Malthus was the anticipator of Keynes and was regarded as the first Cambridge economist.
It was Malthus who denied Say’s Law of Market and emphasized the importance of effective demand.
He brought out the factors which accelerate and retard the economic growth. He pointed out the contribution of technological progress, equitable distribution of wealth, internal and external trade, public work programme, good administration, hard work and balanced growth towards economic growth.
Despite all this, Malthus theory has certain weaknesses:
1. Negativity View of Capital Accumulation:
Capital accumulation leads inherently to secular stagnation is not correct. In reality, capital accumulation does not lead to a reduction in demand for consumer goods and fall in profits. When capital accumulation increases, the share of wages, profits and aggregate national income increases and so does the demand for consumer goods.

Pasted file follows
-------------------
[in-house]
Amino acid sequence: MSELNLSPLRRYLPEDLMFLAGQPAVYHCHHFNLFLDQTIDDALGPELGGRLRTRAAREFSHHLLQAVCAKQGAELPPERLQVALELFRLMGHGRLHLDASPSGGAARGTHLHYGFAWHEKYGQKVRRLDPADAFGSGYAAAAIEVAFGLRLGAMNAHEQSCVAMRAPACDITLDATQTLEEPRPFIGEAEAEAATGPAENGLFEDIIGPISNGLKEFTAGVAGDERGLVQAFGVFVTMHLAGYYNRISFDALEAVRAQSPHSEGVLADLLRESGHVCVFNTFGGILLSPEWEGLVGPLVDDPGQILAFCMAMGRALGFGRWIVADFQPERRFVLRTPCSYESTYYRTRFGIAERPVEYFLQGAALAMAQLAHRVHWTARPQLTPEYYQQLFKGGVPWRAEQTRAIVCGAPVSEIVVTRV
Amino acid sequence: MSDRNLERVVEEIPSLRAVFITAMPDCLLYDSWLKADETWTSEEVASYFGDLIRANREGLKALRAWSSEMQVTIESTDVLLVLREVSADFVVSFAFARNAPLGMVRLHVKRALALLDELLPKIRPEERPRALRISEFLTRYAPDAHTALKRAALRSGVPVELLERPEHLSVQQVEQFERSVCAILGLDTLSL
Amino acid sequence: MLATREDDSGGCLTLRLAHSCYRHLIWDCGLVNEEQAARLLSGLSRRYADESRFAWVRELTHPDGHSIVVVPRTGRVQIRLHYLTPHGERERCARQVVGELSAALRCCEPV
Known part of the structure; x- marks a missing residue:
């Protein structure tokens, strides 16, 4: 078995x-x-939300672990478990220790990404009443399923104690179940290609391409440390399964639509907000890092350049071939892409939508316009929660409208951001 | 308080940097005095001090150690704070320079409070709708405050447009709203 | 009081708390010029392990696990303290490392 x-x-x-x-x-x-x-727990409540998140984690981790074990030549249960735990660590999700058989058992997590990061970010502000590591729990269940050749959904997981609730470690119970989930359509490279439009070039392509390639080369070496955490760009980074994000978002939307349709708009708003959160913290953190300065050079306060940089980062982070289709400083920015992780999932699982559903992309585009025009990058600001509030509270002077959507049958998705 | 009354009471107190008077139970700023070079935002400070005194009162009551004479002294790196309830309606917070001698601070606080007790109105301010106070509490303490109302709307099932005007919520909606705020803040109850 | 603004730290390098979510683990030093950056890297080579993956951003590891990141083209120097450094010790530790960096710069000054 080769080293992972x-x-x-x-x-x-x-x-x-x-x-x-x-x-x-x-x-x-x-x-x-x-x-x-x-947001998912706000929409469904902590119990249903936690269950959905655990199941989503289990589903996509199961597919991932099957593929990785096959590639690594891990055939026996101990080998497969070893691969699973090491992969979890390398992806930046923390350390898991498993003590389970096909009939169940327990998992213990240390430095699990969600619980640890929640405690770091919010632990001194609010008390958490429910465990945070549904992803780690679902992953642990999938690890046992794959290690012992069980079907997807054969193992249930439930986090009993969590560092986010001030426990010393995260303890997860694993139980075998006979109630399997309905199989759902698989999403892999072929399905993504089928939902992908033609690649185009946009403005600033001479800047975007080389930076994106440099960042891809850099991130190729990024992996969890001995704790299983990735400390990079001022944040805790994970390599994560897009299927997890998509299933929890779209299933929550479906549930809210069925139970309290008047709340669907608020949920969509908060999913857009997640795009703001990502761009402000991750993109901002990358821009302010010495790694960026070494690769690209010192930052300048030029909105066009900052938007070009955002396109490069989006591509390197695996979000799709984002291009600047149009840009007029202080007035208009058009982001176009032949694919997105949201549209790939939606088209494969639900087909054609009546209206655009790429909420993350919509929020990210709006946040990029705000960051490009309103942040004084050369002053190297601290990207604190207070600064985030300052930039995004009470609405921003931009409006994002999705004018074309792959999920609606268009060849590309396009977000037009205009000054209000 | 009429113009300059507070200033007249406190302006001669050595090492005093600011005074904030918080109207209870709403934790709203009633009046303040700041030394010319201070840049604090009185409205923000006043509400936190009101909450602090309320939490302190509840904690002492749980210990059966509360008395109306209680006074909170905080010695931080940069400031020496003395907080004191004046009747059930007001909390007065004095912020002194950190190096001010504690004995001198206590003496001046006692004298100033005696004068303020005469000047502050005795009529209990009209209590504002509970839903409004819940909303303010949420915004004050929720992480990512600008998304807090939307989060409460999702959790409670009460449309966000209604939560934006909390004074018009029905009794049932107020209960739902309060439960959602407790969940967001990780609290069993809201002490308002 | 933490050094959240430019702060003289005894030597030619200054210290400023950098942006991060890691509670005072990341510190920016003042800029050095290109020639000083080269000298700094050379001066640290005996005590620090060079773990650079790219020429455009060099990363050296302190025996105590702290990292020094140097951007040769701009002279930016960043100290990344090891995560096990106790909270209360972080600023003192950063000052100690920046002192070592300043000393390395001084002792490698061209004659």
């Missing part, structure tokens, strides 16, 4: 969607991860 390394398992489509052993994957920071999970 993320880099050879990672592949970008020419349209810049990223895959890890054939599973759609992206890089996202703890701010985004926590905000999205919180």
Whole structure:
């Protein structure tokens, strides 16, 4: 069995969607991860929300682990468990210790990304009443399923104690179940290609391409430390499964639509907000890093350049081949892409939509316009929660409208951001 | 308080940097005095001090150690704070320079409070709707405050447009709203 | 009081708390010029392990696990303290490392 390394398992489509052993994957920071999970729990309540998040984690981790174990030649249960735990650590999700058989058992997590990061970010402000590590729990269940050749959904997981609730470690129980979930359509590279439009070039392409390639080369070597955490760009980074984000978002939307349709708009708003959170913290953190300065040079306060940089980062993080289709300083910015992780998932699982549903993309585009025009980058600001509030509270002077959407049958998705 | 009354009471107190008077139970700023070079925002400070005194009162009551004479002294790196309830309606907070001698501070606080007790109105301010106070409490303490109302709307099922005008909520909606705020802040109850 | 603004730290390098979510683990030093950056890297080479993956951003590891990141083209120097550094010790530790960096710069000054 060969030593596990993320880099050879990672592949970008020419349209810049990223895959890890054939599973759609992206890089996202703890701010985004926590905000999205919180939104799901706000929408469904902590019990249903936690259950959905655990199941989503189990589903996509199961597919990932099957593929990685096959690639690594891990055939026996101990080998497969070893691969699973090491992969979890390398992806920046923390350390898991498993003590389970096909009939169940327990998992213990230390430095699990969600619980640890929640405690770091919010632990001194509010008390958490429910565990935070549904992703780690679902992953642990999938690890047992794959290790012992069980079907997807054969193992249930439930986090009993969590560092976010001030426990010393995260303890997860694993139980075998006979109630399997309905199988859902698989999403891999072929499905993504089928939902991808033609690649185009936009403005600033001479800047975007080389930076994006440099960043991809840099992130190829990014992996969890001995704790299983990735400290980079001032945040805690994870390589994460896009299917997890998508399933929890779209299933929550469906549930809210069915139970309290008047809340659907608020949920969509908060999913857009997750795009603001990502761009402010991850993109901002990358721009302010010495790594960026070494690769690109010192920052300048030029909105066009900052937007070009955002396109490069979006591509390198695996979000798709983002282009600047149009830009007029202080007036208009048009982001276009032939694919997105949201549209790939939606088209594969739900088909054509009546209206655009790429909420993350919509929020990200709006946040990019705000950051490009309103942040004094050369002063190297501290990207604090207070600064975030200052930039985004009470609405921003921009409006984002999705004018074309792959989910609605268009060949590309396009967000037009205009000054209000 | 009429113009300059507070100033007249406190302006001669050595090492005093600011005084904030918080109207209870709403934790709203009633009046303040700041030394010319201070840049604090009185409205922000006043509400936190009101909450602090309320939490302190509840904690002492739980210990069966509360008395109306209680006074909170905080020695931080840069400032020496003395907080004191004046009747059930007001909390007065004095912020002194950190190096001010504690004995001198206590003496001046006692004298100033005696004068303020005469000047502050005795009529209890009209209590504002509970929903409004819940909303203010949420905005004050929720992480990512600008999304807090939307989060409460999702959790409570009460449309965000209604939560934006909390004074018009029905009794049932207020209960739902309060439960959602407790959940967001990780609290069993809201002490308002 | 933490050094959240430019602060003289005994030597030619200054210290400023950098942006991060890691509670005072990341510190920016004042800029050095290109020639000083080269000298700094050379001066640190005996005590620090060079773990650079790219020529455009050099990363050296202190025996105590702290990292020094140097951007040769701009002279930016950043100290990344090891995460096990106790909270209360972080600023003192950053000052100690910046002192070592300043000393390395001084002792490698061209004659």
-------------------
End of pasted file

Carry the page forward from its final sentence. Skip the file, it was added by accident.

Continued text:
2. One Sided Saving Base:
Like Smith, Malthus has also one side base of savings. He believed that it is the only landlords who save. But this is an absurd because the main source of savings in society is the income earners and not profit earners.
3. Commodities do not Exchange For Commodities:
Malthus denies the Say’s argument that commodities are not exchanged for commodities but for labour. In fact, labour is not correct measure of commodities. In fact, commodities are measured by real tangible prices and not by labour.
4. Secular Stagnation not Inherent in Capital Accumulation:
Malthus argues that process of capital accumulation leads inherently to secular stagnation and this wrong notion that arises from the interpretation of Say’s law. For Malthus, there is possibility of permanence under consumption of all commodities. But the fact is that the under consumption is not permanent phenomenon. Therefore, secular stagnation is not inherent process of capital accumulation.
5. Unproductive Consumers Retard Progress:
He suggests that the unproductive consumer tries to overcome under consumption and increase effective demand. This remedy tantamount to giving doles to workers and deliberately supporting idle persons. Such a measure slows down the rate of capital accumulation.